A growing body of research suggests that early life experience changes the way genes respond to the world—and this can influence everything from the way people respond to stress to their risks for various diseases.
A new study–published in Nature Neuroscience and led by Chris Murgatroyd of the Max Planck Institute in Germany–illustrates how early stress affects brain receptors for a chemical called vasopressin, which is involved in father/child bonding and in other social connections.
In the study, baby rats were taken away from their mothers for three hours a day during the first 10 days of life, an experience that is stressful for infants. When the rats were later examined, their memories were impaired in some situations and their stress systems were overactive.
Researchers specifically explored the genes involved in making a receptor for vasopressin in a particular part of the brain. They found that early-life stress changed the way these genes were expressed, producing more receptors. These changes could be reversed by blocking the receptors later.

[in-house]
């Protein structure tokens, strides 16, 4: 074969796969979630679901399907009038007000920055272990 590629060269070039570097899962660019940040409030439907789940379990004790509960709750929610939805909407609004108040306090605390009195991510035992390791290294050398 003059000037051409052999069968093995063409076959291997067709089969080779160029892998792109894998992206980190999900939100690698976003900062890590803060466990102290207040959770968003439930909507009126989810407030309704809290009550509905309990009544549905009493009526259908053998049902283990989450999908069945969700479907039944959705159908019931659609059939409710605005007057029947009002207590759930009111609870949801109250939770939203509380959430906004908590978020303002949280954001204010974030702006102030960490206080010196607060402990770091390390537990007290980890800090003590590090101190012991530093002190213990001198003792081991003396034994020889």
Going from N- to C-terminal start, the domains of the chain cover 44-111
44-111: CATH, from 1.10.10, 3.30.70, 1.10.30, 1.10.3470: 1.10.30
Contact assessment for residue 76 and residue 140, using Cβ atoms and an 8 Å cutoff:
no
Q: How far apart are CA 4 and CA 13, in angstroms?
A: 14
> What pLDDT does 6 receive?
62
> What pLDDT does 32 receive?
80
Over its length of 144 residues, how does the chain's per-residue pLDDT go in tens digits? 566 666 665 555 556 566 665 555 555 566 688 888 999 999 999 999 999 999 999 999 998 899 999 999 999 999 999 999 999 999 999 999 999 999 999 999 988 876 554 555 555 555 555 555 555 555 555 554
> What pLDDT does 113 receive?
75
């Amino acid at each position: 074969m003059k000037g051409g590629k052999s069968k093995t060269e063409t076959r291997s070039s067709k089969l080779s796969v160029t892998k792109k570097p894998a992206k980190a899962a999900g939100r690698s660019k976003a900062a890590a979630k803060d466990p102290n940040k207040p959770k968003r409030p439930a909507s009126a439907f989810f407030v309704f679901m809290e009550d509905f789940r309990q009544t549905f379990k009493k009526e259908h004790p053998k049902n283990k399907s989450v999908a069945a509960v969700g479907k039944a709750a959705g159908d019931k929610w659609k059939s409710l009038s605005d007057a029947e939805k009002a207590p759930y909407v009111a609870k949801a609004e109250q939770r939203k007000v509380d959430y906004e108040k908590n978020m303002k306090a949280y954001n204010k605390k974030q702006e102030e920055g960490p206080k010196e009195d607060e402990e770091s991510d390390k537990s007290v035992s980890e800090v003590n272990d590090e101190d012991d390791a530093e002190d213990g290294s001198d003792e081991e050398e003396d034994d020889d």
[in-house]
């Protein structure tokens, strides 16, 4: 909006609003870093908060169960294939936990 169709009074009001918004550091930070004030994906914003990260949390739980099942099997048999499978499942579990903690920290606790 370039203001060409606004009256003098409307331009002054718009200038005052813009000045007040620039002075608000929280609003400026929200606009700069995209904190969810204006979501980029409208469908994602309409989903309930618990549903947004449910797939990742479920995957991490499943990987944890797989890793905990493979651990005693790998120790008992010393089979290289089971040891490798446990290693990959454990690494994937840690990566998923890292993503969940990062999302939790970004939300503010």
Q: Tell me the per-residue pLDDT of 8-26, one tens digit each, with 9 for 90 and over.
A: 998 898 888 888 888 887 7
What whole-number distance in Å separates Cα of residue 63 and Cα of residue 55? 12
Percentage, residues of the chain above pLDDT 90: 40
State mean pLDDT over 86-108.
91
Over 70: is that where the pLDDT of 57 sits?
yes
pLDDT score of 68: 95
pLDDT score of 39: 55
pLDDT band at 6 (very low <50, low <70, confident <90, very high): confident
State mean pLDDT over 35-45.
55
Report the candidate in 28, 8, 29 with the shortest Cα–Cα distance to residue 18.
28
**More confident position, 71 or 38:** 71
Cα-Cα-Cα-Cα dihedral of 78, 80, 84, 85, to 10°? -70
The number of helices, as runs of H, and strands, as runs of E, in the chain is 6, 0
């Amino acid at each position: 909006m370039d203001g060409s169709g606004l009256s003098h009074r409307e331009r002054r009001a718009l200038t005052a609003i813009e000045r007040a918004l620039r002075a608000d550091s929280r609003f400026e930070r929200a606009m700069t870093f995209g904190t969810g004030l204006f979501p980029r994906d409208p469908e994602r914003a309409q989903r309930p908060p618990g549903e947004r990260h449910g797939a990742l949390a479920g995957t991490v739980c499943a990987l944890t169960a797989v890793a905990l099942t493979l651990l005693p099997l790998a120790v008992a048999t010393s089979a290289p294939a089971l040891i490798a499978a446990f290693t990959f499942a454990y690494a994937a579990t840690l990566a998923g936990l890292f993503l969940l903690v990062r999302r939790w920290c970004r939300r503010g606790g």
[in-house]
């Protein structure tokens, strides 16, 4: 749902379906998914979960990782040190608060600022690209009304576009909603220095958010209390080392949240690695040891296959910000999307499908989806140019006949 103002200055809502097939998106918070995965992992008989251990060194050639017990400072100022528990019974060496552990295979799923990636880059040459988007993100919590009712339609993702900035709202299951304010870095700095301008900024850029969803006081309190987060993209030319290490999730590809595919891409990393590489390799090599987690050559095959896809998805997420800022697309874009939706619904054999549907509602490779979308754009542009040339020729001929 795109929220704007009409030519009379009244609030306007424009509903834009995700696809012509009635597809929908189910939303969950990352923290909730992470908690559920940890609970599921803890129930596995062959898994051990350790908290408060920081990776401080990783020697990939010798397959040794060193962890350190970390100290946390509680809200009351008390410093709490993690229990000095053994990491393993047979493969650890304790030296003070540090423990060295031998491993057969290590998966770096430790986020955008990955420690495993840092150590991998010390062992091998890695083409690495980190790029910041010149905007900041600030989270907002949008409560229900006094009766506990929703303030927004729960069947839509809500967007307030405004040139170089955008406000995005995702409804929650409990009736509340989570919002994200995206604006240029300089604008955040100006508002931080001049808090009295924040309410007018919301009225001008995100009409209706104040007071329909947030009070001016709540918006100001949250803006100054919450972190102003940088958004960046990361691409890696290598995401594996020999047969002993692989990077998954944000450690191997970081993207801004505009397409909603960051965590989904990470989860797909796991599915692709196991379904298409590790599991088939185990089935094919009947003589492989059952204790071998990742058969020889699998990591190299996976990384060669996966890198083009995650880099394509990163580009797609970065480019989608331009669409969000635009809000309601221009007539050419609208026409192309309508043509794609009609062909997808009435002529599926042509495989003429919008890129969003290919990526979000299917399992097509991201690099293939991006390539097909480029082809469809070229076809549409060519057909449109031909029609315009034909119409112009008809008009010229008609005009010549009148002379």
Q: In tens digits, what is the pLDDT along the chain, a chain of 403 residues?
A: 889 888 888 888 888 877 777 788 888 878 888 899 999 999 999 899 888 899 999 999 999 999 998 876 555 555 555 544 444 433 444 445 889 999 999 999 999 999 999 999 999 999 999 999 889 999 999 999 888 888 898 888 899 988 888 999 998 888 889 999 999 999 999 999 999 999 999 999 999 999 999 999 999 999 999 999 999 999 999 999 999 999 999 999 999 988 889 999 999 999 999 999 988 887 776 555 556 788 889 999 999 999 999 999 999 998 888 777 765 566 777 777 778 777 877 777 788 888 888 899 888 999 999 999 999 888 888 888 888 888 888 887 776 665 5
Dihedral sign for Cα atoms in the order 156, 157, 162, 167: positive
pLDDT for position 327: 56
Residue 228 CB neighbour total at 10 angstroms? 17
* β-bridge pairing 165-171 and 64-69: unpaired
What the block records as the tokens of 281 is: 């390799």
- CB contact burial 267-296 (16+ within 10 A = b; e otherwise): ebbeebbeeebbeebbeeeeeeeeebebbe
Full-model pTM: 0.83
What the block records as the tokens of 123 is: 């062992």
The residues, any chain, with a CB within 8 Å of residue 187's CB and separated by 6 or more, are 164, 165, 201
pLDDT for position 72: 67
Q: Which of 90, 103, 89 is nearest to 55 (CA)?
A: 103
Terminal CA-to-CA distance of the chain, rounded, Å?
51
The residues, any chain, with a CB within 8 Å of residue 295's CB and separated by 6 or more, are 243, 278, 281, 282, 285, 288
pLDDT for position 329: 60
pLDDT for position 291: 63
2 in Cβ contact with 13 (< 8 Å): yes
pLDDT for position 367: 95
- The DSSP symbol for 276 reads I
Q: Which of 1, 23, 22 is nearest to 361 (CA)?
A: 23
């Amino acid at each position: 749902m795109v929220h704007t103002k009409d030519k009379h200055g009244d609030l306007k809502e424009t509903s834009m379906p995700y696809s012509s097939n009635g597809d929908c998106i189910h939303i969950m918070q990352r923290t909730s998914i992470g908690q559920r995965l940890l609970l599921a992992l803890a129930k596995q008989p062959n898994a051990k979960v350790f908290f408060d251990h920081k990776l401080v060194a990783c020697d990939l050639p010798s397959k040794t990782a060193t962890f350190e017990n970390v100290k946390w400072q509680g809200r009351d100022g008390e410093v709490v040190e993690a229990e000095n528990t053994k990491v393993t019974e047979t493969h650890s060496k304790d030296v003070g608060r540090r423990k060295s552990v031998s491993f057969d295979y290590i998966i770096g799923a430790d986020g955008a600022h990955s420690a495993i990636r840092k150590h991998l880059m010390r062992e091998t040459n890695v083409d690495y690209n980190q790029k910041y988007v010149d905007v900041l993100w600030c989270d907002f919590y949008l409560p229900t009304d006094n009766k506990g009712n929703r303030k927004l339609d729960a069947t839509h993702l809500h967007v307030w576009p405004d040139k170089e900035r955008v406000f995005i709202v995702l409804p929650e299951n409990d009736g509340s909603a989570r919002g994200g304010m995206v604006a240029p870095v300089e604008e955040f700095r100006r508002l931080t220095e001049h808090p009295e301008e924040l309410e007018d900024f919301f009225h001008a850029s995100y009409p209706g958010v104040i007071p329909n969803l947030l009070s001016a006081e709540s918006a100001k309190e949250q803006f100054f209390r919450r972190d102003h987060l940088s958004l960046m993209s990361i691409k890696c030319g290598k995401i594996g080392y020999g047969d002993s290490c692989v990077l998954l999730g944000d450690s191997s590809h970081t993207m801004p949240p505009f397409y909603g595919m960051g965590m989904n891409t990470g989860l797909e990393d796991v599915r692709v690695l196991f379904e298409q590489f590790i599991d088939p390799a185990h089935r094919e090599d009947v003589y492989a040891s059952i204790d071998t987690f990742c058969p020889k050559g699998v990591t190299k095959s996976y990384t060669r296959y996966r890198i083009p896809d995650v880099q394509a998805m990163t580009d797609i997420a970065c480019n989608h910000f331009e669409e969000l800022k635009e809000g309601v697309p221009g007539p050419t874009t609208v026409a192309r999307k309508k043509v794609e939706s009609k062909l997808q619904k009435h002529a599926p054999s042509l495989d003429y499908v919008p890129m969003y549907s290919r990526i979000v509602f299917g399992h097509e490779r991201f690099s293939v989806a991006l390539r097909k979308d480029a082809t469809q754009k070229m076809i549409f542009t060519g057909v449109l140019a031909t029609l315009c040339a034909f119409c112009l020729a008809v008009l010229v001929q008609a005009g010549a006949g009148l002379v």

In rodents, vasopressin has been linked with pair bonding—male prairie voles that have more vasopressin receptors in “reward” regions of their brains are monogamous, while male montane voles, which have a different pattern of these receptors, are not. Vasopressin is also linked with aggression: when male prairie voles bond with their mates, higher vasopressin levels are connected with increased aggression towards strangers who try to enter their territory.
It’s not yet known how much of this is applicable to humans—but vasopressin-related drugs are being studied as possible treatments for psychiatric disorders involving anxiety and aggression that could be related to early life experience.
And this much is clear: severe stress during infancy and late pregnancy can have a range of long-lasting effects on a child. Though another recent study explored in USA Today looked at stress rates amongst older children, the findings are probably applicable to infants as well.
That study found that while parents believe their children aren’t particularly affected by their stress levels and aren’t undergoing much stress, children report otherwise. Though you shouldn’t stress about it, if you can better manage the way you cope with stress, you aren’t only helping yourself, but probably your kids, too.